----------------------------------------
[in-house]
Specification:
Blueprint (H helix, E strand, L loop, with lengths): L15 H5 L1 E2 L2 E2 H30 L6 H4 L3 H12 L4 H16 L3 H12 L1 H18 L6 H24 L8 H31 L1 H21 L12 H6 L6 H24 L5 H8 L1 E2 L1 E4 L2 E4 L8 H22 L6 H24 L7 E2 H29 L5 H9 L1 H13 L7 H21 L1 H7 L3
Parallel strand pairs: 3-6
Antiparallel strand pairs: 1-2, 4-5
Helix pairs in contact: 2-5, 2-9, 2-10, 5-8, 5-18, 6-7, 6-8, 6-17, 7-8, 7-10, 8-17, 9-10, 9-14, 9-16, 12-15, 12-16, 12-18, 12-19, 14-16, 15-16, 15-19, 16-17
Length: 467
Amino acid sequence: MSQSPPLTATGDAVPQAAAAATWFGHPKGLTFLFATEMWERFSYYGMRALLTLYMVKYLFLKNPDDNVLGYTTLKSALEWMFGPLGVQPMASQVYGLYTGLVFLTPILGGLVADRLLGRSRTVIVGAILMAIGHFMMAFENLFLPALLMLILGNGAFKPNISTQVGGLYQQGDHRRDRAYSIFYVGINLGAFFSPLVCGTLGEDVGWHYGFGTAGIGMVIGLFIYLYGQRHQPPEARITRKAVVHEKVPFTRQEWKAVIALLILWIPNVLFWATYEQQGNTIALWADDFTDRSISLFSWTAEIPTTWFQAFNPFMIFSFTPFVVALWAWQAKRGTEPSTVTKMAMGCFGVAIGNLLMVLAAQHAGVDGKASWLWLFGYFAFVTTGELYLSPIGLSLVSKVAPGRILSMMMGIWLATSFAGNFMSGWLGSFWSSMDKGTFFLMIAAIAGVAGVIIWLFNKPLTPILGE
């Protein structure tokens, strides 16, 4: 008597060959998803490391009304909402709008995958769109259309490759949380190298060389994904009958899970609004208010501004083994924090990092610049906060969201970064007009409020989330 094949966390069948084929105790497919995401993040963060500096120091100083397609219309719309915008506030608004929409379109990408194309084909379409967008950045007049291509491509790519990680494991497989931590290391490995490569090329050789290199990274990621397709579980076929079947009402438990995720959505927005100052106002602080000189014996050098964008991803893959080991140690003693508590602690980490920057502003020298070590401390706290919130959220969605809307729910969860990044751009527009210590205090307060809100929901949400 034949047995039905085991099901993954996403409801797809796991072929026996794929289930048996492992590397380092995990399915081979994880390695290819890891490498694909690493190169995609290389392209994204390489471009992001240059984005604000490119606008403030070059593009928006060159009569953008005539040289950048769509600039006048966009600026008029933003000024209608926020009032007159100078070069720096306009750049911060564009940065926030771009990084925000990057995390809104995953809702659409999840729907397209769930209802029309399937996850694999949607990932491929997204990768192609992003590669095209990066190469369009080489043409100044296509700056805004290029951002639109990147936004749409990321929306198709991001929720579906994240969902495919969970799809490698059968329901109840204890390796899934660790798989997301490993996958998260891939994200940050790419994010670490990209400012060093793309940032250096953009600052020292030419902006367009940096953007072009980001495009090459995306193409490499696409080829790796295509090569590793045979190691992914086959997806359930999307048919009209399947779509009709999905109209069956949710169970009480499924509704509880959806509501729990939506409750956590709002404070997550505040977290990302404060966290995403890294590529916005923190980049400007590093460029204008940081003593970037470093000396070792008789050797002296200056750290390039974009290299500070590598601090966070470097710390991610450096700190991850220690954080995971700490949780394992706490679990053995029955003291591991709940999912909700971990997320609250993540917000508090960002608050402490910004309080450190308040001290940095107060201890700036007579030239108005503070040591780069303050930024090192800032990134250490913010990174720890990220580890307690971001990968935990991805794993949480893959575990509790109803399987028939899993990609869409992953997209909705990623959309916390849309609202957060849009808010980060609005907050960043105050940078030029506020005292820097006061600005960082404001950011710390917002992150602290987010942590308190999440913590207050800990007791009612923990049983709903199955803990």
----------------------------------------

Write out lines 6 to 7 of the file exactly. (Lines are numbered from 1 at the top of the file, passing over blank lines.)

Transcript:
Helix pairs in contact: 2-5, 2-9, 2-10, 5-8, 5-18, 6-7, 6-8, 6-17, 7-8, 7-10, 8-17, 9-10, 9-14, 9-16, 12-15, 12-16, 12-18, 12-19, 14-16, 15-16, 15-19, 16-17
Length: 467